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Game of Thrones has finally returned and if you haven’t watched the show yet, you’re seriously missing out on one of the best story-driven pieces of television of all time.

While many people say no to watching it because “I’m not into fantasy” or “Ugh, isn’t that the show with dragons and magic?” and these are quite frankly, rubbish excuses.

If you’re into well written stories and seeing them portrayed beautifully on screen, look no further than Game of Thrones, which is at least on the par with if not better than Breaking Bad.

Each week I’ll do a quick recap of the previous episode, which means there will be spoilers for every episode up to this point – if you’re just catching up on Season one, two or three, turn back now.

If you haven’t read the books, A. you should as they’re amazing and B. I’ll try to flesh out a bit of backstory regarding things that you may not know having just watched the show.

In the season premiere we seen a lot of stories taken on, and it’s rare for the show to start the show cold, as in a scene before the title credits.
Tywin Lannister is seen melting down Ned Stark’s great sword, Ice and forging two new Valyrian steel blades, one of Jaime and one for somebody else.

Valyrian steel is extremely strong and valuable and can’t be made anymore as Valyria is gone, and Tywin has wanted a Valyrian steel blade in the Lannister family ever since they lost their own one, Brightroar.

Perhaps the other most famous Valyrian steel blade is Longclaw, formerly owned by Lord Commander of the Nights Watch Jeor Mormont (father of Khaleesi ‘s right hand man Jorah Mormont) and now owned by Jon Snow.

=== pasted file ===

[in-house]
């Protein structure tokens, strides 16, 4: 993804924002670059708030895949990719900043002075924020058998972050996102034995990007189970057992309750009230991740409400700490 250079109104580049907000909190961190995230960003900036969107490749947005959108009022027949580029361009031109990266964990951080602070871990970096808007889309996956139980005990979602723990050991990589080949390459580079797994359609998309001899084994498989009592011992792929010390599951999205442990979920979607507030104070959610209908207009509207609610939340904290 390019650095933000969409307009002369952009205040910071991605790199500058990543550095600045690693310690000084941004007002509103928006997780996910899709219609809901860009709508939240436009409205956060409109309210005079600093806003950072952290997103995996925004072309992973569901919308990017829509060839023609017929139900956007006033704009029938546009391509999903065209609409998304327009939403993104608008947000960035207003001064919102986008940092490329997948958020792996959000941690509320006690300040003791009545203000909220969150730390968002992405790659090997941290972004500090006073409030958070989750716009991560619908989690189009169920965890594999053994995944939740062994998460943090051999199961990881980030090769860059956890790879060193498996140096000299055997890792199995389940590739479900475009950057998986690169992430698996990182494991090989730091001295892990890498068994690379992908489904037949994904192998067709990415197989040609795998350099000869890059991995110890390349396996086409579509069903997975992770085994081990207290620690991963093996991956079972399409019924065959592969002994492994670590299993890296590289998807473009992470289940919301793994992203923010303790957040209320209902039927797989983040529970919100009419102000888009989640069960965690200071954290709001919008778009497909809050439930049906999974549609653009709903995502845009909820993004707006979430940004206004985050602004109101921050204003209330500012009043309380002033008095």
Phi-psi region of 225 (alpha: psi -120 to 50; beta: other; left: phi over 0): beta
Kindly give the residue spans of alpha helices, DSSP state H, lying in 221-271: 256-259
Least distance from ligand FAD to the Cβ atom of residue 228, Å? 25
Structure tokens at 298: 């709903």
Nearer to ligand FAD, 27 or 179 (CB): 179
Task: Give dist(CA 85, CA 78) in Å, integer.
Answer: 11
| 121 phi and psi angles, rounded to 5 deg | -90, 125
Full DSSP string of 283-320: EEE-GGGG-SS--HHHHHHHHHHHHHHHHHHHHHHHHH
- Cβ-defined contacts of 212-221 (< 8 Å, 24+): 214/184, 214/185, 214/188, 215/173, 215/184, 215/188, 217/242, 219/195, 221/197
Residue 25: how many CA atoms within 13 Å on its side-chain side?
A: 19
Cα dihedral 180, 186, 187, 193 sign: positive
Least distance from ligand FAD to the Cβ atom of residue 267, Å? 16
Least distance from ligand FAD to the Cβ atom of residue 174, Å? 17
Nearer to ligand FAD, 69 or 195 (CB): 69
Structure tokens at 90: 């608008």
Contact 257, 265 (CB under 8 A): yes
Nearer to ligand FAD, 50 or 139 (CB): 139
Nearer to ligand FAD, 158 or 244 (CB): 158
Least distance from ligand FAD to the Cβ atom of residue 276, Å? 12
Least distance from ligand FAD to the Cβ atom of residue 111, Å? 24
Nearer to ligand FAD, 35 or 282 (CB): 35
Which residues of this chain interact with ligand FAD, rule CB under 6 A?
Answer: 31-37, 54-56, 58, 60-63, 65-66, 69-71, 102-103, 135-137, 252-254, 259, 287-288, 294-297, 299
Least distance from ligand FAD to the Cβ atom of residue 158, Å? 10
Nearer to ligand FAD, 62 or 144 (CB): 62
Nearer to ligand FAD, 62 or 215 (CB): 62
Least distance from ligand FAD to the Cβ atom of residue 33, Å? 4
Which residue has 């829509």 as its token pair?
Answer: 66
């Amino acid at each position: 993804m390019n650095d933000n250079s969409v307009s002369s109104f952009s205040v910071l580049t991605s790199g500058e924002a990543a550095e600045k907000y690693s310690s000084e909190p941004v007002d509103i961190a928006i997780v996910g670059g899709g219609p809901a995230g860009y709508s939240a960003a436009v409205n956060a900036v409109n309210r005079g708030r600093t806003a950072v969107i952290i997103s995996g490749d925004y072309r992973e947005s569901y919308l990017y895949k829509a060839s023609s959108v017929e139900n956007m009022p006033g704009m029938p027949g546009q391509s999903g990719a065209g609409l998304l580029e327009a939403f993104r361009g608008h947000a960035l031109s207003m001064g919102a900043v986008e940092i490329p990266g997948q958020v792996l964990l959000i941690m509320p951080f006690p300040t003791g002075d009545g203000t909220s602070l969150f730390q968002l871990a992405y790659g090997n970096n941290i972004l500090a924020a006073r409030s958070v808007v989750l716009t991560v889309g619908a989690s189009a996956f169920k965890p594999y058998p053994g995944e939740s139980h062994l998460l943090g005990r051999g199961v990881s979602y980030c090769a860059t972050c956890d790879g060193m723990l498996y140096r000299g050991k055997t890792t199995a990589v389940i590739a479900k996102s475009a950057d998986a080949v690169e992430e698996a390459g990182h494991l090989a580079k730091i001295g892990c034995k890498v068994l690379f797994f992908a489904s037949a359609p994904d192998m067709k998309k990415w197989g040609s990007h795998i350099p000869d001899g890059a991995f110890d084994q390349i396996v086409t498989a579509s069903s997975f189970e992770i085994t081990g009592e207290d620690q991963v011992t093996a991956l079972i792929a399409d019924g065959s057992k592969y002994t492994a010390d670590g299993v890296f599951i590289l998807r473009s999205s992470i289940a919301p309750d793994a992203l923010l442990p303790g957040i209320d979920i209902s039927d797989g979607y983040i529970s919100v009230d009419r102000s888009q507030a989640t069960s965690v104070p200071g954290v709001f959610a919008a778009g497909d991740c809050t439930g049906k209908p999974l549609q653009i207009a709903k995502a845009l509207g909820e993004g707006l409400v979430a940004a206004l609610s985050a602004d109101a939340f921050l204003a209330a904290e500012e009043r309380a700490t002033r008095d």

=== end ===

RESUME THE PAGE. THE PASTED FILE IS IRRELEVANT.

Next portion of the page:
Tywin Lannister via HBO.

Tywin Lannister via HBO.

The introduction of Prince Oberyn Martell of Dorne is very important to the story and thankfully Oberyn himself explains to Tyrion the backstory and significance of his arrival. He makes it very clear that he’s out for revenge with the coolly-delivered line: “The Lannisters aren’t the only ones who pay their debts.”

Oberyn’s sister Elia Martell was married to Rhaegar Targaryen (Daenerys’ older brother) who left her for Ned Stark’s sister Lyanna, whom Robert Baratheon was supposed to marry.
This led to the War of the Usurper or Robert’s Rebellion (depending on which side you’re on) which resulted in Robert taking the Iron Throne after Tywin Lannister stormed Kings Landing and sacked the city.
During the sack of Kings Landing however, Gregor Clegane aka The Mountain raped and murdered Elia Martell before killing her son Aegon Targaryen while another of Tywin’s bannermen, Ser Amory Lorch killed Elia’s daughter, Princess Rhaenys.

So it’s clear to see why Oberyn really, really hates the Lannisters.

Pedro Pascal as Prince Oberyn in Game of Thrones. via HBO.

Pedro Pascal as Prince Oberyn in Game of Thrones. via HBO.

Oberyn is played perfectly by Chilean actor Pedro Pascal who captures the Red Viper’s do whatever he wants attitude and love of life (including his love for both men and women).